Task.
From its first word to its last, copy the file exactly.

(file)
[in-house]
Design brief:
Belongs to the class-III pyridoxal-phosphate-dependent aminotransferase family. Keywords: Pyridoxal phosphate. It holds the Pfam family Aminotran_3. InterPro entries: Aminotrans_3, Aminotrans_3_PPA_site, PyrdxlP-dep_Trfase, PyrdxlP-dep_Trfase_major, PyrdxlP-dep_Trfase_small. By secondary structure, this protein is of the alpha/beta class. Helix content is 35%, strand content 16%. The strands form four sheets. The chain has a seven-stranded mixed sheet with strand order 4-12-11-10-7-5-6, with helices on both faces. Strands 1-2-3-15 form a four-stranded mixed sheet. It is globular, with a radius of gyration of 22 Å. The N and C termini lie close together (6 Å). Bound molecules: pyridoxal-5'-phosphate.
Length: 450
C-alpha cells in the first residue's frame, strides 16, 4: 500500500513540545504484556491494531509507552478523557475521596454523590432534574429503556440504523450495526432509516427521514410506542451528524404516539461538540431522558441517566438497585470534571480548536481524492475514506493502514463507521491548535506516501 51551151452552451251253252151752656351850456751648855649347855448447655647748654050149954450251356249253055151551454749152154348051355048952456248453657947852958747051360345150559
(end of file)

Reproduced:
[in-house]
Design brief:
Belongs to the class-III pyridoxal-phosphate-dependent aminotransferase family. Keywords: Pyridoxal phosphate. It holds the Pfam family Aminotran_3. InterPro entries: Aminotrans_3, Aminotrans_3_PPA_site, PyrdxlP-dep_Trfase, PyrdxlP-dep_Trfase_major, PyrdxlP-dep_Trfase_small. By secondary structure, this protein is of the alpha/beta class. Helix content is 35%, strand content 16%. The strands form four sheets. The chain has a seven-stranded mixed sheet with strand order 4-12-11-10-7-5-6, with helices on both faces. Strands 1-2-3-15 form a four-stranded mixed sheet. It is globular, with a radius of gyration of 22 Å. The N and C termini lie close together (6 Å). Bound molecules: pyridoxal-5'-phosphate.
Length: 450
C-alpha cells in the first residue's frame, strides 16, 4: 500500500513540545504484556491494531509507552478523557475521596454523590432534574429503556440504523450495526432509516427521514410506542451528524404516539461538540431522558441517566438497585470534571480548536481524492475514506493502514463507521491548535506516501 51551151452552451251253252151752656351850456751648855649347855448447655647748654050149954450251356249253055151551454749152154348051355048952456248453657947852958747051360345150559